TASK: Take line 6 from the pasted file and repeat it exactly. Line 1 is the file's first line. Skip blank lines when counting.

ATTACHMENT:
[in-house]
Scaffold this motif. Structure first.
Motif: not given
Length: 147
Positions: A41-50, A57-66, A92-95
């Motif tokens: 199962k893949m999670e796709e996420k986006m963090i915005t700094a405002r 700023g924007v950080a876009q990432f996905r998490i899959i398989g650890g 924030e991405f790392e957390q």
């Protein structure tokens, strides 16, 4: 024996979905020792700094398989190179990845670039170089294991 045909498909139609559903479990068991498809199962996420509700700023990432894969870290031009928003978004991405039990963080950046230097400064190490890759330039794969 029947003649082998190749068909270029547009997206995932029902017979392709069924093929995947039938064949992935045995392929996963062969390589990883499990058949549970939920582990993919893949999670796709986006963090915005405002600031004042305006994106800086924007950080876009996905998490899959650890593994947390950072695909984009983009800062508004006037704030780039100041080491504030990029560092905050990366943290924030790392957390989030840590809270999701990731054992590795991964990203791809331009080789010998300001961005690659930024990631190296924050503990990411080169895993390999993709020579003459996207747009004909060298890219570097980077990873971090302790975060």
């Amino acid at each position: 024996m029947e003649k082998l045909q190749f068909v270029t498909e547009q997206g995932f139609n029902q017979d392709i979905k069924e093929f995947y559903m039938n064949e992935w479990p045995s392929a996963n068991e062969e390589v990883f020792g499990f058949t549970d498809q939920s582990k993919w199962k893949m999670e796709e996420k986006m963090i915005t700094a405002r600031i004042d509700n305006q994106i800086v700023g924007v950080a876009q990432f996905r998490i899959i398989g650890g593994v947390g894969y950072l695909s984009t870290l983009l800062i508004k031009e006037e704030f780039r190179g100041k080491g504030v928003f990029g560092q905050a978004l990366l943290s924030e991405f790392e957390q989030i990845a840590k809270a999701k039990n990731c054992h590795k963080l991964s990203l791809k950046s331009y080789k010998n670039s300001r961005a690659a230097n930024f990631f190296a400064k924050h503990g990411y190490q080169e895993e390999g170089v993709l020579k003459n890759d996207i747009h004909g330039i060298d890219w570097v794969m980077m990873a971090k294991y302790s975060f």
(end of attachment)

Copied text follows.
């Motif tokens: 199962k893949m999670e796709e996420k986006m963090i915005t700094a405002r 700023g924007v950080a876009q990432f996905r998490i899959i398989g650890g 924030e991405f790392e957390q």